Today, nearly 45% of all young American children grow up in low-income households – homes in which there may not be sufficient food and educational toys and materials to support development and in which parents are likely stressed and routines are chaotic. All of these factors that stem from low-income status pose obstacles to children’s healthy development. The Child Development and Social Policy (CDSP) Lab identifies the ways that public policies – ranging from early care and education to health and food security – and the home environment shape child and family development.
With the ultimate goal of illuminating effective strategies for improving the development of young, vulnerable children and their families, the CDSP lab actively explores multiple dimensions of child and family development both inside and outside of the home. Our research uses both large, nationally-representative data sources and primary data collected on the ground from varied projects spanning smaller experimental pilots to large-scale, city-wide evaluations of programs and policies that support human development. Through these methodologies, the CDSP lab explores questions in three domains:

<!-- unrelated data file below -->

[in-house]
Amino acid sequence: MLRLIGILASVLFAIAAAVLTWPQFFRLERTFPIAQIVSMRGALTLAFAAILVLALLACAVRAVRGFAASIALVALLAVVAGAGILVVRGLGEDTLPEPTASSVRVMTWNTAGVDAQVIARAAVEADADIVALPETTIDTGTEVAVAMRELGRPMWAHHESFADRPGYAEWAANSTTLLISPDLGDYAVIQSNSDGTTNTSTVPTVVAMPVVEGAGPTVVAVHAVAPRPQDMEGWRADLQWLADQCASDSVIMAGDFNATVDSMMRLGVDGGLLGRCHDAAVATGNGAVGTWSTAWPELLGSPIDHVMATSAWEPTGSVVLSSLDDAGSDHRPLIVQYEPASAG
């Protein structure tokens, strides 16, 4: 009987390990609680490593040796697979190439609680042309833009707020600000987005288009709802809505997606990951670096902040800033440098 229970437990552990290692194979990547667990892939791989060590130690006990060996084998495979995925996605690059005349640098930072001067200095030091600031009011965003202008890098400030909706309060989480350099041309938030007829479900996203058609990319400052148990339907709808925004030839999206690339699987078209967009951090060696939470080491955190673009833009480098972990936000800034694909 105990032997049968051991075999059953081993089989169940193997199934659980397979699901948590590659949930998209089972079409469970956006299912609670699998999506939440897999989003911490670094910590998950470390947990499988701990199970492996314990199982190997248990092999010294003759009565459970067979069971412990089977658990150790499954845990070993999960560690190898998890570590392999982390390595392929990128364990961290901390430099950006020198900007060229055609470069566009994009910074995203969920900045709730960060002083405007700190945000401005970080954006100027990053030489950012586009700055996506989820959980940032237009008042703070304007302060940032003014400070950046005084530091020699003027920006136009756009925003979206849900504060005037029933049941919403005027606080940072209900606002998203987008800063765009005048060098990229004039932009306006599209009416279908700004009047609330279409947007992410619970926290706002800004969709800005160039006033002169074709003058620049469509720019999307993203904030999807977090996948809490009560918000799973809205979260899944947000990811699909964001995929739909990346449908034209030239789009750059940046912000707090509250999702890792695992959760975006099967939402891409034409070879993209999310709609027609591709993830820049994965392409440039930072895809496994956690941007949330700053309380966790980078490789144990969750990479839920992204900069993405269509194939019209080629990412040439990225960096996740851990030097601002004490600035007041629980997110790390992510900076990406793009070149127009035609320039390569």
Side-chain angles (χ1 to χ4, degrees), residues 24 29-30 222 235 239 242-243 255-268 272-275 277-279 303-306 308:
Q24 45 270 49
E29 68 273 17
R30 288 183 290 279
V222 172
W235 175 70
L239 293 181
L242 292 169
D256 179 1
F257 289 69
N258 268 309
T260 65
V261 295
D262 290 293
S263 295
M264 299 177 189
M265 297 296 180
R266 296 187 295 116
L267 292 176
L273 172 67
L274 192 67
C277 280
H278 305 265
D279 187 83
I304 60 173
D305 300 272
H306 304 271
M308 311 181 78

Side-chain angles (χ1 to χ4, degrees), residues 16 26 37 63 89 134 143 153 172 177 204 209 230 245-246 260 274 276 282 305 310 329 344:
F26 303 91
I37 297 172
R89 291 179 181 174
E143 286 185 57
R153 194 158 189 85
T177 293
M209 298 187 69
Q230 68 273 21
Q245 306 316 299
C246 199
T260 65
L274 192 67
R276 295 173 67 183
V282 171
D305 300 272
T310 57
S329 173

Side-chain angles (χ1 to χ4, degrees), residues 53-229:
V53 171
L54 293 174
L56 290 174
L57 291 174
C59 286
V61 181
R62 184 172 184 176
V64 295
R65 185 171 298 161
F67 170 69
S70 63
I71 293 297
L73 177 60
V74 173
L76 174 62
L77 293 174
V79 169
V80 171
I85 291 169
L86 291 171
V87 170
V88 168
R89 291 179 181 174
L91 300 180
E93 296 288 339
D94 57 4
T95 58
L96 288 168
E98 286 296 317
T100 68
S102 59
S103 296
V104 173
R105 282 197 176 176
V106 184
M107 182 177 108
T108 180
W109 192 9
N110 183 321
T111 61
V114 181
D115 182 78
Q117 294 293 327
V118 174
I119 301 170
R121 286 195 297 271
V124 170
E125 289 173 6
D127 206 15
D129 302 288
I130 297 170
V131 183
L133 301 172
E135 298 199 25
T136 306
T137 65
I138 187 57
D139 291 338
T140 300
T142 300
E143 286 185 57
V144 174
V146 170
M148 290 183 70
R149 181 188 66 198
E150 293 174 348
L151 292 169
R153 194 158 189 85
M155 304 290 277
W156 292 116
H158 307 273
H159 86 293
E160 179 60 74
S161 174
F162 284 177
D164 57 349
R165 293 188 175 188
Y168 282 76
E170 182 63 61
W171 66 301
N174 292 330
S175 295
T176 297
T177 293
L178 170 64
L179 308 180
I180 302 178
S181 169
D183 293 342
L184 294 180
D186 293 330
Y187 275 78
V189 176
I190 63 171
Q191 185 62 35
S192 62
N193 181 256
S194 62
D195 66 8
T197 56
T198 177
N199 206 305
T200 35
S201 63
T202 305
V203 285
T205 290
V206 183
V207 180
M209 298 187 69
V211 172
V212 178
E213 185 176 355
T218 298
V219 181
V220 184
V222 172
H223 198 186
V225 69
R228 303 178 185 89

- What are the developmental effects of early childhood programs for vulnerable, low-income families – including those with children who are dual-language learners and/or with special needs – and how do these effects vary across publicly-funded child care sectors?
- How can we better understand other potential causes of low kindergarten school readiness, such as household food insecurity, and possible solutions, such as public food assistance programming?
- Inside the home, how do family demographics, such as non-marital child birth and divorce, and parenting practices vary for low-income families? What implications do these differences have for children’s development, and how can public policies intervene?
Taken together, the CDSP Lab broadly aims to link developmental psychology to child and family policy and process in an interdisciplinary effort to better understand and ultimately improve outcomes for our nation’s most vulnerable children and families.